Photo: Courtesy of Susan Alexandra
No one does beads quite like Susan Alexandra, the eponymous accessory line of candy-colored earrings and handbags strung with the kind of acrylic orbs you made friendship bracelets with as a kid. (Gigi Hadid and Suri Cruise are both fans.) We asked Alexandra — the designer — what she recommends for budding beaders who want to whip up their own jewelry at home … especially since we’re not leaving home anytime soon.
I started my business with jewelry, and it’s still near and dear to my heart. My mom forced me to start working when I was very young, and because there are not many job options for 12-year-olds, I got a juicy gig helping my mom’s friend make jewelry. I would watch TRL and make necklaces every day after school, from 3:30 p.m. to 6 p.m., which, if you ask me, is the ideal schedule. I didn’t know it then, but I’d go on to use those beading skills nearly every day of my life. I’ve made probably 2,000 beaded items, total, if not more.
I’m actually launching my own jewelry kits that come with all of the ingredients necessary to make your own pieces (including some of my own personal vintage-bead collection), but for those who are a bit more DIY-minded, here are the tools you need to start your jewelry career — even if it ends the moment the government tells us it’s okay to leave the house.
I use a combination of my signature faceted beads and beads I’ve collected since middle school. I would encourage you to be innovative with the beads you use — cut up vintage necklaces or use spare buttons, Banza macaroni, pom-poms, seashells, etc. The more unique the bead, the cooler the necklace. And everyone loves custom word jewelry.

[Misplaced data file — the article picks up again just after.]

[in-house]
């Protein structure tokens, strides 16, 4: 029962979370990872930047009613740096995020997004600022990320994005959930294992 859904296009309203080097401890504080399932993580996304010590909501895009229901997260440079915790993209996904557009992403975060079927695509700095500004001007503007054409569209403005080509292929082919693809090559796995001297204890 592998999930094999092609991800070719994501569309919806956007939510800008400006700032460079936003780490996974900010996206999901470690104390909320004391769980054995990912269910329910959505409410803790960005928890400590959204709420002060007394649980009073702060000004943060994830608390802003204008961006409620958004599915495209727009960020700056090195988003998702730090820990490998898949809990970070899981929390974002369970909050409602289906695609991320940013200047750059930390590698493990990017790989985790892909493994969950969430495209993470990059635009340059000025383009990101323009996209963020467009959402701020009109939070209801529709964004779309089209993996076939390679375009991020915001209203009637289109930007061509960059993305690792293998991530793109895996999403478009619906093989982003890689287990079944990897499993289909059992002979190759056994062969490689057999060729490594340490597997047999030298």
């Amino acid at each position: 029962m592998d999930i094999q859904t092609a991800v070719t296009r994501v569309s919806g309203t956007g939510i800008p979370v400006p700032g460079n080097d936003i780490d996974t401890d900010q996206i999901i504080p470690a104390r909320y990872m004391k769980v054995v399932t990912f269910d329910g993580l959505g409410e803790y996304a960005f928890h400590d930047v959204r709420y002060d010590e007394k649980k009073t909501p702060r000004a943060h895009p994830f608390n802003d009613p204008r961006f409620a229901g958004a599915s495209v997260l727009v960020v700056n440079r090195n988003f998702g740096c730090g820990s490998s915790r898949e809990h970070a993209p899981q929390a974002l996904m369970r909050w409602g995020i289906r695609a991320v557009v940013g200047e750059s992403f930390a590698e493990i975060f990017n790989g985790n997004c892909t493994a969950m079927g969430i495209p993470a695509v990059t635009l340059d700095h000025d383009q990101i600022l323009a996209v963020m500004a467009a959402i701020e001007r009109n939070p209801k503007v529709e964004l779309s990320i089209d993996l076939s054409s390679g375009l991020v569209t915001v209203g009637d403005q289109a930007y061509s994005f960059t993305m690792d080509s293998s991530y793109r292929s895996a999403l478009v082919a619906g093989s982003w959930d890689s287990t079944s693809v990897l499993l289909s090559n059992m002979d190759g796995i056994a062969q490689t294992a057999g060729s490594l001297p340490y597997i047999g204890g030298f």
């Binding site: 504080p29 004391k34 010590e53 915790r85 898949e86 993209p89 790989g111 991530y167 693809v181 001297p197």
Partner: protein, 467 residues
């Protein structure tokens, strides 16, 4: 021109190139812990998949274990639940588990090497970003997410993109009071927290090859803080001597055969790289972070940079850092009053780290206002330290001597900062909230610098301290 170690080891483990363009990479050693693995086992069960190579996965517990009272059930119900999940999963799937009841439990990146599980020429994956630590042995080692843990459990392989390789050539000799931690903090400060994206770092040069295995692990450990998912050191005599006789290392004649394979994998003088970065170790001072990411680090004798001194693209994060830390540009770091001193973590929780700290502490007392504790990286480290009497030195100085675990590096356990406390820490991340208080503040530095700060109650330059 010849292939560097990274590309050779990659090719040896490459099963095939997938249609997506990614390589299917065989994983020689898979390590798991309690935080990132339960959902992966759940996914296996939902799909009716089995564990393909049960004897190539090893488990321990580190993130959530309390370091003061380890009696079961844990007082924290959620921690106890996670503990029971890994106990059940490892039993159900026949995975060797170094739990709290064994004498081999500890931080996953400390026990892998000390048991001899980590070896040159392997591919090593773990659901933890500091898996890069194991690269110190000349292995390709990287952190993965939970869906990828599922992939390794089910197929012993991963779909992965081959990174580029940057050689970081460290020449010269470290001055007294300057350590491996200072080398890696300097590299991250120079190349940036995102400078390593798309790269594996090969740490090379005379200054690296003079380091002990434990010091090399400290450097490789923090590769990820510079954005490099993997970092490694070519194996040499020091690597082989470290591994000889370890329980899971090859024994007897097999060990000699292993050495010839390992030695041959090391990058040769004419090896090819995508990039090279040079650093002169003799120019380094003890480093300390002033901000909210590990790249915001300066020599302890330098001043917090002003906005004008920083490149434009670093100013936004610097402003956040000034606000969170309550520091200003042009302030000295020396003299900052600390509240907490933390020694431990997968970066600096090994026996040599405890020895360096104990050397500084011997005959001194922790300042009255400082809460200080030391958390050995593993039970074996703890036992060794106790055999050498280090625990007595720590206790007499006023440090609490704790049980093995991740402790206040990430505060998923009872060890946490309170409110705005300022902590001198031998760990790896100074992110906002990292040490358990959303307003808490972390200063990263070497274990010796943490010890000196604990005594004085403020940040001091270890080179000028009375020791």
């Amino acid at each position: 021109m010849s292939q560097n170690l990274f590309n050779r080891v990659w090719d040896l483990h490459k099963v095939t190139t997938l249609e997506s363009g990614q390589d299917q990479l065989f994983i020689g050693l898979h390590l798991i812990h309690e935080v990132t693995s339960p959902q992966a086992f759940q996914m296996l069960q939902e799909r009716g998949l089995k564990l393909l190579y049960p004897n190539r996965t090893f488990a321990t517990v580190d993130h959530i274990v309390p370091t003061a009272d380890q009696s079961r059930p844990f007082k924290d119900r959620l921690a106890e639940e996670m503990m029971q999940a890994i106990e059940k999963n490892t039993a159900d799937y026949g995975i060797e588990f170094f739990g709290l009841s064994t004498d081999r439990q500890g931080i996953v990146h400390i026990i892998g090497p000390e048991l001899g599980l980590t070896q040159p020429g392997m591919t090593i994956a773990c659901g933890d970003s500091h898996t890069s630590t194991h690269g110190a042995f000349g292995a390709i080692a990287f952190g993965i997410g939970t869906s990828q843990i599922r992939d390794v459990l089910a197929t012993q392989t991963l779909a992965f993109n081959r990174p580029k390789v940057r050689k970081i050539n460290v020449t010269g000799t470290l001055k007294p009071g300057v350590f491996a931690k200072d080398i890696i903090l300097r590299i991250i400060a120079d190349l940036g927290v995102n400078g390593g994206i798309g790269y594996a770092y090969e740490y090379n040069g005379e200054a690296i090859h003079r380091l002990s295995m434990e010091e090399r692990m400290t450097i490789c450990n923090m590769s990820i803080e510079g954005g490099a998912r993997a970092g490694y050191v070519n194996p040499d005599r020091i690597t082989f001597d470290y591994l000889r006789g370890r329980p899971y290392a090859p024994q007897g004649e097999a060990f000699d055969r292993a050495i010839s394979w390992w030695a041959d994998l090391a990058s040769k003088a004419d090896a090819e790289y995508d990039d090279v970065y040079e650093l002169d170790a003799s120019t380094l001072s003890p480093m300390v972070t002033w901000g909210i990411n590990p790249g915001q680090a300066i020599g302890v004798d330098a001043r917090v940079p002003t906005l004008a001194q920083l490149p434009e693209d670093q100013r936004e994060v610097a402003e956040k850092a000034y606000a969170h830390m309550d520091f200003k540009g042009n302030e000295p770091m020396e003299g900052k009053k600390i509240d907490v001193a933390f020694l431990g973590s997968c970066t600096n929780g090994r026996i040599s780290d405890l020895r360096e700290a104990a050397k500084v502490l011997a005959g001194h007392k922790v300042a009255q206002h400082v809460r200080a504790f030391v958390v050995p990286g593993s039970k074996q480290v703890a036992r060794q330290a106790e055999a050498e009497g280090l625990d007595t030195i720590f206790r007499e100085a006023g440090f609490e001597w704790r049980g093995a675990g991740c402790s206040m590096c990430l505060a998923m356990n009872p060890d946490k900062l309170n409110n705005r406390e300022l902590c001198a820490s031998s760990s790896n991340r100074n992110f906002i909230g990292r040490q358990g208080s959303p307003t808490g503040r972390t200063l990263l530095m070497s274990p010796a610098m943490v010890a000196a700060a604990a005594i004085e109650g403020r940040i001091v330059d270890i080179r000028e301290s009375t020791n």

These have a vintage Bakelite 1940s flair.
As you may know, food is my muse. What a good time to support some independent vendors on Etsy! Just type in your favorite thing — hot dog, for example, or chihuahua — plus the word “bead” and you will be delighted by the results!
The jewelry in my collection is made using a very durable metal wire, but when I’m making jewelry at home, I pivot to a really easy-to-use elastic cord. Be sure that the cord size fits the hole of your beads! This one is a pretty standard size for plastic or acrylic beads, though pearls and natural stone beads tend to have smaller holes. Adjust your cord purchase accordingly. The beauty of making your own beaded moments is that no clasp is necessary — just knot it! The stretchy cord allows you to slip the pieces on and off with ease.
Since you’re likely home all day these days, the last thing you want is more clutter. I would advise you to invest in a beading tray to stash your supplies. This one is the real deal. It has canals where you can plan out your beaded masterpiece before stringing and it has built-in measuring tools. Not a looker but extremely useful.
Or, if you want something less utilitarian, this is a nice excuse to buy yourself a fabulous new platter under the guise of a beading tool. I buy most things off Etsy or eBay; I’m on a vintage Mexican pottery kick, and I love this one.
When I’m using elastic cord, almost any scissor will do. But if you want to start investing in real jewelry tools, I recommend this supersharp and efficient wire cutter.
I’m always on the hunt for the perfect jewelry vessel that allows you to easily access and see your baubles while keeping them organized. I’ve sadly come to realize that jewelry boxes are heirloom, passed down by a chic aunt or grandmother. I have no such keepsake, so I use very thin nails to drape bracelets and necklaces over.
Or I make little dishes from Sculpey to nestle my earrings into.
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